Stem cell research supporters say that defeating lethal disease such as Alzheimer’s, diabetes, Parkinson’s disease and more is of greater societal value than protecting “potential” human life. In the debate, there is also the possibility of non-embryo invasive answers, but these are as yet, undeveloped, may have links to cancer and, are still overly expensive. What is the ethical answer?
Just as a pile of fir or pine-cones is not the same as an actual evergreen forest, does the analogy follow that a human embryo is not the same as a full human being? The question asks of biotechnology to consider too, if the end always justifies the means. Doing dangerous experiments on human beings in labs is illegal, so shouldn't experimenting with potential humans also be prohibited?
Most experts think the answers to the proceeding questions are “No and No.” That is because, in nature, although there are a lot of fir and pine cones, there will never be as many forests as there are seeds.
Nature’s protocol is to always produce far more than is ever used. It is true of pine-cones. It is true of spermatozoa. It is true, even of human embryos. Most pregnancies go quite quietly out of the human body with the monthly menstruation of women. No one objects to this “outrage” because is it just accepted that most pregnancy, of every organism—not just every woman-, results in interruption and loss of the seed or egg. In other words, most women, much less the father, have not even the slightest clue they lost the "baby."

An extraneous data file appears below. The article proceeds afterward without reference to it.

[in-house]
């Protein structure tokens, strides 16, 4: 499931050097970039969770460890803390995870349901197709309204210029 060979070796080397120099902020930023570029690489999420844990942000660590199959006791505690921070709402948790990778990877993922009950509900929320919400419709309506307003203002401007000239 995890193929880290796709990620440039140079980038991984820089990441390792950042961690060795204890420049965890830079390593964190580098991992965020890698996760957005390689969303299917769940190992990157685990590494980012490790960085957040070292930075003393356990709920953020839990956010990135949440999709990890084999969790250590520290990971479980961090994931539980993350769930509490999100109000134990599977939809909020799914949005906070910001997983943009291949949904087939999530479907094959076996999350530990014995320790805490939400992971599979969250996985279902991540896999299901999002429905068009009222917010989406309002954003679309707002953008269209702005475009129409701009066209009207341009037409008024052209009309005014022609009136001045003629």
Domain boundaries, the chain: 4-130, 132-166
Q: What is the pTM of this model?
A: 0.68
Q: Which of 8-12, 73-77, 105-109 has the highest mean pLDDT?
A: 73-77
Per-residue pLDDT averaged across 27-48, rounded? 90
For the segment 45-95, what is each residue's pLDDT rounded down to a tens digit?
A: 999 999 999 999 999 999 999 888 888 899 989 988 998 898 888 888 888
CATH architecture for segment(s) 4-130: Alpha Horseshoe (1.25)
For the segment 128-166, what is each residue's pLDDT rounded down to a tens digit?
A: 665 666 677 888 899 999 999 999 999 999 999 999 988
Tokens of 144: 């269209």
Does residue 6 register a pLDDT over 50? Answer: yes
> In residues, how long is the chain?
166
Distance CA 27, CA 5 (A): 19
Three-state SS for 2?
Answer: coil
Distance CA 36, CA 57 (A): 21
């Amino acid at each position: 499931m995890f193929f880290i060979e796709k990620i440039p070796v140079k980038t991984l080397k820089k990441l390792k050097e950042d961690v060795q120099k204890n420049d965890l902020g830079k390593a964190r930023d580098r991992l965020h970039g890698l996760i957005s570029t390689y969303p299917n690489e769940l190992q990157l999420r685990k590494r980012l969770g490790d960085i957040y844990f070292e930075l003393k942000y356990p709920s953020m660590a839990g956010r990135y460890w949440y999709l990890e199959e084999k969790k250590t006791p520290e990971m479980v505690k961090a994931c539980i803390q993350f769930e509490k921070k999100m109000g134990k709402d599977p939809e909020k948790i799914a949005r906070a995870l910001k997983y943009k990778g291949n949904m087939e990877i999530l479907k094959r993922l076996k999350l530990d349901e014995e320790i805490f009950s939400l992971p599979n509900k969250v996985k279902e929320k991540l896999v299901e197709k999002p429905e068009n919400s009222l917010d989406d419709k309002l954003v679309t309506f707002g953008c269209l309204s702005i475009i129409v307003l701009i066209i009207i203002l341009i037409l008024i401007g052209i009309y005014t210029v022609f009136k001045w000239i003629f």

And, Thank God for that, or our carrying capacity for life on earth would have been met and exceeded long before humans even showed up to fill the world with seven billion, hungry, thirsty people.
Yet, there is still a dilemma. An infertile couple may be dependent upon use of extra embryos implanted to better ensure pregnancy. They may truly “mourn” that loss of any, or most especially, all of those embryos that fail to implant in the uterine wall. They will die childless.
No human religion has rituals for dealing with this loss, and for a couple who have spent life savings, not to mention, stress, illness and trauma to body and soul, is allowing human potential embryo implantation a form of false hope?
This question personally is answered again with no. But not without serious reflection.
In the best Star Trek movie wisdom, Spock clearly said: “ The needs of the many outweigh the needs of the few.” But, had Mr. Spock really considered all those billions and billions of lost seeds, pine-cones and embryos? Possibly, but not as full "beings."
Defeating suffering of those who may have a spinal cord injury, be treated for blood disease and/or diabetes, or even retina (eye-sight) failure, should be allowed the chance to use nature’s wise system of more than is needed, to have a potential shot at improved lives.
And even in the case of the grieving couple who may never see a child of their own go off to kindergarten, prom, or provide grandchildren, compassionate couples see the sense in not denying this joy to others.